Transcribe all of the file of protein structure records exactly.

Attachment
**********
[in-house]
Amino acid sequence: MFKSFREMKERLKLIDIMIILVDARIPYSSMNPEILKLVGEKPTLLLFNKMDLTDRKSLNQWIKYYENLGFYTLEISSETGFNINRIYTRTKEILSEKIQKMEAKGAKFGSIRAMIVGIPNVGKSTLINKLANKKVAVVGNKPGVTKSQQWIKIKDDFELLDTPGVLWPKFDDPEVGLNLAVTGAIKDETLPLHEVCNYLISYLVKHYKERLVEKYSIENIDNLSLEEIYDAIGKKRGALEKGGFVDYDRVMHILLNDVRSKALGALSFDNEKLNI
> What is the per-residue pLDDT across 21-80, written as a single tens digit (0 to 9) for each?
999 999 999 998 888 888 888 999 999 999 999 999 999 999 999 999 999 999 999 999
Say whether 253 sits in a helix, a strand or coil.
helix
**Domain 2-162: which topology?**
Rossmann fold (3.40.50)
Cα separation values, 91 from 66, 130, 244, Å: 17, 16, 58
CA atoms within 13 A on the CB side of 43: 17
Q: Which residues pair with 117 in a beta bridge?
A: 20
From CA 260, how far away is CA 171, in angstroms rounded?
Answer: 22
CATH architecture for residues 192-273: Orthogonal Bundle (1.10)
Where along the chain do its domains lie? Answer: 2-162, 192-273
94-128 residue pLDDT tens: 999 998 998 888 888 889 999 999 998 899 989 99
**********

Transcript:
[in-house]
Amino acid sequence: MFKSFREMKERLKLIDIMIILVDARIPYSSMNPEILKLVGEKPTLLLFNKMDLTDRKSLNQWIKYYENLGFYTLEISSETGFNINRIYTRTKEILSEKIQKMEAKGAKFGSIRAMIVGIPNVGKSTLINKLANKKVAVVGNKPGVTKSQQWIKIKDDFELLDTPGVLWPKFDDPEVGLNLAVTGAIKDETLPLHEVCNYLISYLVKHYKERLVEKYSIENIDNLSLEEIYDAIGKKRGALEKGGFVDYDRVMHILLNDVRSKALGALSFDNEKLNI
> What is the per-residue pLDDT across 21-80, written as a single tens digit (0 to 9) for each?
999 999 999 998 888 888 888 999 999 999 999 999 999 999 999 999 999 999 999 999
Say whether 253 sits in a helix, a strand or coil.
helix
**Domain 2-162: which topology?**
Rossmann fold (3.40.50)
Cα separation values, 91 from 66, 130, 244, Å: 17, 16, 58
CA atoms within 13 A on the CB side of 43: 17
Q: Which residues pair with 117 in a beta bridge?
A: 20
From CA 260, how far away is CA 171, in angstroms rounded?
Answer: 22
CATH architecture for residues 192-273: Orthogonal Bundle (1.10)
Where along the chain do its domains lie? Answer: 2-162, 192-273
94-128 residue pLDDT tens: 999 998 998 888 888 889 999 999 998 899 989 99